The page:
WHERE AM I GOING TO FIND THE TIME FOR THAT? - WHEN SELF CARE IS A FOUR-LETTER WORD!
How did it get so late so soon? Its night before its afternoon. December is here before its June. My goodness how the time has flewn. How did it get so late so soon?
What do you think is the number one question I get when I ask a Family Caregiver about their Self Care? Correct, "Where am I going to get the time for that?" I don't care what the diagnosis is for a loved one "time" is the concern for all Family Caregivers.
I understand how important time is because I am a Family Caregiver and before I learned to manage my day, I lived in discord and disorganization constantly. My day would pass me by and I would wonder where the time went and why I hadn't completed tasks...some that were very important!
We can become so immersed in the care of our loved ones and depending on the level of symptoms they are experiencing we may find ourselves trying to stabilize them or on a trip to the hospital where we spend countless hours waiting...and waiting...and waiting for assistance only to be sent home with a loved one barely stabilized, and more agitated from all of the day’s events.
Simple things like brushing our teeth, combing our hair, and putting on another clean pair of sweats and t-shirt, the caregiver uniform, start to fall by the wayside. Unless we catch a glimpse of ourselves in a mirror or window pane, or a whiff of body odor, we don't realize there hasn't been time for a shower.
Family and friends who don't live through the day with us don't understand why our loved one can't be left alone for just a moment while we run to the grocery store because we are afraid they will self-harm, become so overwhelmed with anxiety from being left alone, fall and hurt themselves or wonder off. No one understands when you say your loved one is afraid to leave the house because of a social anxiety, or fear of falling, fear of catching a communicable disease, or because they are afraid someone will find their needing to open and close the car door 20 times is "weird". Getting the "just leave them with a neighbor while you get out for some time alone", isn’t always an option, especially for those who have Schizophrenia or other mental health conditions with Psychosis as one of the symptoms; making trusting someone other than their loved ones or those familiar to them virtually impossible.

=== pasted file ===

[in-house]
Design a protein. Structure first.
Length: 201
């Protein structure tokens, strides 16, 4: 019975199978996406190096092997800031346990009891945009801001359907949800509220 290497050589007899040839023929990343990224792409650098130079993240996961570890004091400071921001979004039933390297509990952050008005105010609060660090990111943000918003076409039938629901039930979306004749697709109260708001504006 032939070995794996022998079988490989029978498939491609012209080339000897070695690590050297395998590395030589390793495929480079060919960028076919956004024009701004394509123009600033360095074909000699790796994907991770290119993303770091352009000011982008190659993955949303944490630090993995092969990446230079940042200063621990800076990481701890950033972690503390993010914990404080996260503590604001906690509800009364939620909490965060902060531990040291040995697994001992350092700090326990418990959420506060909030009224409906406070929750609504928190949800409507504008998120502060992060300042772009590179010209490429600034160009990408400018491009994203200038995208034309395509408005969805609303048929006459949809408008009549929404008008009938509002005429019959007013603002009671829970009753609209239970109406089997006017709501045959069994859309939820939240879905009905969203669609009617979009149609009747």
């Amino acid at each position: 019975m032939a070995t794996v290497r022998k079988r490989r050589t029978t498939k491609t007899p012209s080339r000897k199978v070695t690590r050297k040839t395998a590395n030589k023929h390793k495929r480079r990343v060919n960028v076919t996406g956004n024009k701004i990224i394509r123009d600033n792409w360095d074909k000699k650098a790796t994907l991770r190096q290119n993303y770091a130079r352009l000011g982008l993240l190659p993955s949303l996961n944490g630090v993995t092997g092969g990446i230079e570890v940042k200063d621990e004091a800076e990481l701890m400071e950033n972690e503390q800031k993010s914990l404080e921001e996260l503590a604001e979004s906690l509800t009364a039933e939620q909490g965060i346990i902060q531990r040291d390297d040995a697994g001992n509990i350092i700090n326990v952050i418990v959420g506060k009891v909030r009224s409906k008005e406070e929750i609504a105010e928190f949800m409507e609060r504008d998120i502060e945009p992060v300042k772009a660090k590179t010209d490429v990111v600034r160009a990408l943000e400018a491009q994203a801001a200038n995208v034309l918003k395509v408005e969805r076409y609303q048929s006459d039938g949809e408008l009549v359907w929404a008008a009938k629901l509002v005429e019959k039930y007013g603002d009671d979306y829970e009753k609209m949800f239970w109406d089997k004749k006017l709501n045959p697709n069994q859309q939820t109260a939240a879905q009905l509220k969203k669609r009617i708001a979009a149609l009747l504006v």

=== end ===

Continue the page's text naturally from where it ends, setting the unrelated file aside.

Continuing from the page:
There are multiple reasons a family caregiver may not be able to have a social life outside of the home, and I understand your challenges as I was in the same position during the beginning stages of my sons mental health journey.
Not Taking a Break Presents Dangers to the Caregiver
One of the dangers for Family Caregivers is "Caregiver Burnout". The demands of the caregiver vary according to the diagnosis of the caree or loved one. Some loved ones have multiple diagnoses which can lead the family caregiver down a road of unpredictable days where the loved one may be fully functional and able to take on most of their own care and life obligations, and other days when the loved one cannot do something as simple as get out of bed. Caregivers are most likely a close family member or friend and therefore the level of trust and expectation from the loved one places the caregiver, at times in a position where they are expected to know the answers to why a medication isn't working, or become the sounding board for the loved ones frustration with failed treatment plans or ineffective medications. A loved one can become moody and at times hostile targeting the caregiver who must maintain a level-headed approach keeping in mind the illness is the cause for the loved ones behavior.